The joke, aimed at Green Bay Packers quarterback Aaron Rodgers and his misleading response that he was “immunized” when asked whether he got the coronavirus vaccine, received some laughs — but the most notable moment was when the camera cut to country superstar Carrie Underwood, who did not look pleased to suddenly appear on-screen.
It could have just been a coincidence. But this past weekend, Underwood’s husband, former hockey player Mike Fisher, shared his thoughts about Rodgers’s decision not to get vaccinated in a much-circulated Instagram photo.
“I stand with Aaron Rodgers,” wrote Fisher in an all-text post. “I believe in the freedom to choose what we put in our bodies and the freedom of conscience,” he added in the caption, along with claims that experts have debunked. “But these past 2 years has clearly shown us that this is not about our health, it’s about control over our lives. I won’t stand for that.” He ended with the hashtag #medicalfreedom.
He’s not the only outspoken country music spouse these days: On Monday, Jason Aldean’s wife, Instagram influencer Brittany Aldean, launched “a clothing line based around patriotic values and being proud Americans” with Kasi Rosa Wicks, Jason’s sister and the wife of country singer Chuck Wicks. Various shirts read “This is our … country,” with an American flag covering up a certain expletive; “Unapologetically Conservative”; and “Military Lives Matter.” (“Who said military lives don’t matter?” one commenter asked, to which Brittany responded, “Have you been present this year????” with a thinking face emoji.)
Both Fisher and Brittany Aldean’s posts sparked quite a reaction online. And coincidentally, both Underwood and Jason Aldean shared the stage Wednesday night at the Country Music Association Awards. The singers, two of the most popular country stars over the last decade-plus, performed their recent No. 1 duet, “If I Didn’t Love You” — and seeing them side-by-side was a reminder of the different ways country stars can respond when their spouses write controversial social media posts.
It’s a heightened issue in country music because husbands and wives are an inextricable part of Nashville stars’ brands. It’s a genre that puts a premium on relatability and reminding listeners that singers are just like them — and as a result, the genre has always had an emphasis on family. Fans clamor for details about the husbands, wives and children of country singers. Nashville artists respond by frequently incorporating their partners and kids in everything including song lyrics, music videos and side projects.
When it comes to Fisher, Underwood has taken the tactic that many country stars embrace — virtual silence. This isn’t the first time her husband has made his views clear. Right after the 2020 presidential election, Fisher commented on former NFL quarterback Jay Cutler’s Instagram post that questioned President Biden’s victory. “Media says it legit! It must be legit,” Fisher wrote. He recently had a post flagged by Instagram for sharing false information about the coronavirus.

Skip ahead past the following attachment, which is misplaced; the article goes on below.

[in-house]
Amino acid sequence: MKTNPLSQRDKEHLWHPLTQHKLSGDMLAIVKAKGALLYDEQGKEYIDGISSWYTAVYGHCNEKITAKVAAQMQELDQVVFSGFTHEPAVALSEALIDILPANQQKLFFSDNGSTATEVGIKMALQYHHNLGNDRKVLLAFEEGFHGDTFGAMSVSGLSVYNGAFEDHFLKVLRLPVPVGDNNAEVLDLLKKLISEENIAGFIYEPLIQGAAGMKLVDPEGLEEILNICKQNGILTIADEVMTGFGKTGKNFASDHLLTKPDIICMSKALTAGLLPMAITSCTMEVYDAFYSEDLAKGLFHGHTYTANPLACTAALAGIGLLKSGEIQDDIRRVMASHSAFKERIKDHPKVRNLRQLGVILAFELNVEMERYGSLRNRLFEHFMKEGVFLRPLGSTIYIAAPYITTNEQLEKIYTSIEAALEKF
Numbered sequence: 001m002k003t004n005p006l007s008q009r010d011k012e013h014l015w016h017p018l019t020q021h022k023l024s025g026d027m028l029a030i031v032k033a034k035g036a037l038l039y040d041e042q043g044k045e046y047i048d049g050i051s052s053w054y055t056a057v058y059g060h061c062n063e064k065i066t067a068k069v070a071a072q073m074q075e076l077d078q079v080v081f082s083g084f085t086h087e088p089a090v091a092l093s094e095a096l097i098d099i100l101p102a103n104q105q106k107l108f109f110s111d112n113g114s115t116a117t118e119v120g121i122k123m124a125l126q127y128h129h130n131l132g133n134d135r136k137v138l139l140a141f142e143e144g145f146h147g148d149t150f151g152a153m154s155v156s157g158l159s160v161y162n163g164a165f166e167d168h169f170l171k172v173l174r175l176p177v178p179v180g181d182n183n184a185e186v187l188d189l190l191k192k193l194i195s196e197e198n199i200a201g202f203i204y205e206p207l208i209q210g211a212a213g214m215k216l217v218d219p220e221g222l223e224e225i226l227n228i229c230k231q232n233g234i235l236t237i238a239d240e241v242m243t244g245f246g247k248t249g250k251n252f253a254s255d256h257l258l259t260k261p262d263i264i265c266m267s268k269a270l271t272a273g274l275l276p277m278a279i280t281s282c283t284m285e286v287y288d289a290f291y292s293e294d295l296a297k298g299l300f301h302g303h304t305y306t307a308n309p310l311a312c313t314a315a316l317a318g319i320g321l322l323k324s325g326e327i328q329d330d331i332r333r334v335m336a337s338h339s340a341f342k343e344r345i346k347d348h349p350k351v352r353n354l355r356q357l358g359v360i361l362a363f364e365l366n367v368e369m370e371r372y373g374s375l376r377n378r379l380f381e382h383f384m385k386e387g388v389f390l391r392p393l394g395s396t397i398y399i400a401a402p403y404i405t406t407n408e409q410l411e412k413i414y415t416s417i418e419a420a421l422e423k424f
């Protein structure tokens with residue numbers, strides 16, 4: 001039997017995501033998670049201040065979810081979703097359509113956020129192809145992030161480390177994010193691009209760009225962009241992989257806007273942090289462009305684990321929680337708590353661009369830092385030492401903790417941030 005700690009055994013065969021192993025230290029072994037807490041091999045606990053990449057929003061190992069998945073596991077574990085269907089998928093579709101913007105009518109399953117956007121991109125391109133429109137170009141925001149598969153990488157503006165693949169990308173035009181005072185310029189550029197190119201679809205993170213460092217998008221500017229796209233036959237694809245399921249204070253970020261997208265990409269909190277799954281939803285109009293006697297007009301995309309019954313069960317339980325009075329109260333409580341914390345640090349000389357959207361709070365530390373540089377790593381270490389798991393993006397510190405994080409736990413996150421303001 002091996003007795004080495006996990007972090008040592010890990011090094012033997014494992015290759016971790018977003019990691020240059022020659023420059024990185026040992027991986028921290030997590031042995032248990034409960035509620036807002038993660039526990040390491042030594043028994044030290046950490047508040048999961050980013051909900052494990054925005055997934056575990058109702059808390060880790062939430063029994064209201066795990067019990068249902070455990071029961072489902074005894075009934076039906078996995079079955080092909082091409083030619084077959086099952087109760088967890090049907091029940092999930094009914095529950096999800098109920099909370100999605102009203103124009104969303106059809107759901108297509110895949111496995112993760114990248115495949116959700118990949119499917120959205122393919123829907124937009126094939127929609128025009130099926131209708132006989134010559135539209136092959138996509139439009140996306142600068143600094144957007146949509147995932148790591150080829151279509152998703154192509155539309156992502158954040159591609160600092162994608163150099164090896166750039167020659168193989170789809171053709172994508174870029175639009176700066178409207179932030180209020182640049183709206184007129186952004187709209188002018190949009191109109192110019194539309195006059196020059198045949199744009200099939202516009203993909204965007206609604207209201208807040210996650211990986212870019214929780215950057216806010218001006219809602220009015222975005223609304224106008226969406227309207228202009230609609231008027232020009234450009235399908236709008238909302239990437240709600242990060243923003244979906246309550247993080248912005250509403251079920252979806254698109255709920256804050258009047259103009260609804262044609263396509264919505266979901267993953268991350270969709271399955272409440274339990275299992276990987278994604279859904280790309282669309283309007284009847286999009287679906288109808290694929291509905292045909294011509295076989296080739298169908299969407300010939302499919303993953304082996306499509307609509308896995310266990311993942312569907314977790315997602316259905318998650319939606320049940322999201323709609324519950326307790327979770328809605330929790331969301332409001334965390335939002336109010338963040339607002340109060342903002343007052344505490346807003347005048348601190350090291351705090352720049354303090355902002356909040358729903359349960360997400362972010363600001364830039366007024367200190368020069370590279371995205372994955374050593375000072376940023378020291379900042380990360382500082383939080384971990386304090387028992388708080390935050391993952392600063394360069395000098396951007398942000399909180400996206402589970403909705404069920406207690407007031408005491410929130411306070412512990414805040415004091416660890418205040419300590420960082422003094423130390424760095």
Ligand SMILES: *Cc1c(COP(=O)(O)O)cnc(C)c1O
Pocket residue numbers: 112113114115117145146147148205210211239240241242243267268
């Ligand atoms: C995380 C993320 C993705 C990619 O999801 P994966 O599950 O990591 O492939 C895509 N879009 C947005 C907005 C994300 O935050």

Underwood has always been hesitant about sharing her thoughts on any current events: “I try to stay far out of politics if possible, at least in public, because nobody wins,” Underwood told “Good Morning America” in 2019. “It’s crazy. Everybody tries to sum everything up and put a bow on it, like it’s black and white. And it’s not like that.” She’s so well known for staying silent that in August, it qualified as a major event when her Twitter account clicked like on a video that compared kids wearing masks in schools to child abuse.
Incidentally, Underwood also clicked like on Fisher’s Instagram post about Rodgers being unvaccinated, but did not elaborate.
Aldean, meanwhile, has gone on a different path. As Brittany has become increasingly outspoken in the last year, so has Aldean. In September, Brittany dressed the couple’s toddlers in “Hidin’ From Biden” T-shirts and promoted an apparel outlet that sells pro-Donald Trump, anti-President Biden and anti-vaccination merchandise. Around the presidential election, she posted a cartoon of Vice President Harris pushing Biden out of a wheelchair and over a cliff. Shortly after the Jan. 6 insurrection at the U.S. Capitol, she posted a false meme that eventually led to Instagram removing the post, an action that she criticized.
Now, Aldean, who once told Rolling Stone that his voting record was “one subject I do stay away from,” has made an abrupt shift, such as posting his own meme questioning the 2020 presidential election results. He cheered on his wife when she posted their young children wearing anti-Biden clothing, and started arguing with detractors. (“Please tell me one thing that the current administration has done that is positive?” he wrote to one.) Most recently, Aldean appeared in her Instagram posts and stories as a model for shirts from her new clothing line.
But even if Underwood continues to let her social media “likes” do the talking, and Aldean keeps doubling down on his and his wife’s anti-Biden personas, it’s unlikely they will face much backlash either way — these days, country music media and the Nashville establishment also prefer to stay away from controversial topics. Instead, the two singers are likely to continue with business as usual, including appearing on the genre’s biggest stages like the one where they sang Wednesday night.